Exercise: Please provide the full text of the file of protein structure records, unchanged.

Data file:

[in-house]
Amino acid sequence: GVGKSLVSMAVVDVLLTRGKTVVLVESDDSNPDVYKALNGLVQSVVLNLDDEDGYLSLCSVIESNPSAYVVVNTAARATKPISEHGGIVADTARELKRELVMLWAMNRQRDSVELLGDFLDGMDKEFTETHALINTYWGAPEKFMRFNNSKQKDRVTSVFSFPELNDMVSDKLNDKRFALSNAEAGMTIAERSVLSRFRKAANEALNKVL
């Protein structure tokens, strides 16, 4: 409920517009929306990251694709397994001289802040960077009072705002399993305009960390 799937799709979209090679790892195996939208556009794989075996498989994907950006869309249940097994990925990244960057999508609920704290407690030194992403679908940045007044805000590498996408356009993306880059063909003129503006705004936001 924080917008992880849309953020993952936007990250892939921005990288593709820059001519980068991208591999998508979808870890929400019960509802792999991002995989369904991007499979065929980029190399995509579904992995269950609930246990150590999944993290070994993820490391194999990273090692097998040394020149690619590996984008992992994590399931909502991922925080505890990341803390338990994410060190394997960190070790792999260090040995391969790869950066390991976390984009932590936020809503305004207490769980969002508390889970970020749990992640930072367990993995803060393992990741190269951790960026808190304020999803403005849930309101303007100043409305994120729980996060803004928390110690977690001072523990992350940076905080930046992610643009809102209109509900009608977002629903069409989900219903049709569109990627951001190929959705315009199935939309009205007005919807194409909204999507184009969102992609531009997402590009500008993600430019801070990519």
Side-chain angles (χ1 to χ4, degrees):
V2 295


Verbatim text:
[in-house]
Amino acid sequence: GVGKSLVSMAVVDVLLTRGKTVVLVESDDSNPDVYKALNGLVQSVVLNLDDEDGYLSLCSVIESNPSAYVVVNTAARATKPISEHGGIVADTARELKRELVMLWAMNRQRDSVELLGDFLDGMDKEFTETHALINTYWGAPEKFMRFNNSKQKDRVTSVFSFPELNDMVSDKLNDKRFALSNAEAGMTIAERSVLSRFRKAANEALNKVL
């Protein structure tokens, strides 16, 4: 409920517009929306990251694709397994001289802040960077009072705002399993305009960390 799937799709979209090679790892195996939208556009794989075996498989994907950006869309249940097994990925990244960057999508609920704290407690030194992403679908940045007044805000590498996408356009993306880059063909003129503006705004936001 924080917008992880849309953020993952936007990250892939921005990288593709820059001519980068991208591999998508979808870890929400019960509802792999991002995989369904991007499979065929980029190399995509579904992995269950609930246990150590999944993290070994993820490391194999990273090692097998040394020149690619590996984008992992994590399931909502991922925080505890990341803390338990994410060190394997960190070790792999260090040995391969790869950066390991976390984009932590936020809503305004207490769980969002508390889970970020749990992640930072367990993995803060393992990741190269951790960026808190304020999803403005849930309101303007100043409305994120729980996060803004928390110690977690001072523990992350940076905080930046992610643009809102209109509900009608977002629903069409989900219903049709569109990627951001190929959705315009199935939309009205007005919807194409909204999507184009969102992609531009997402590009500008993600430019801070990519």
Side-chain angles (χ1 to χ4, degrees):
V2 295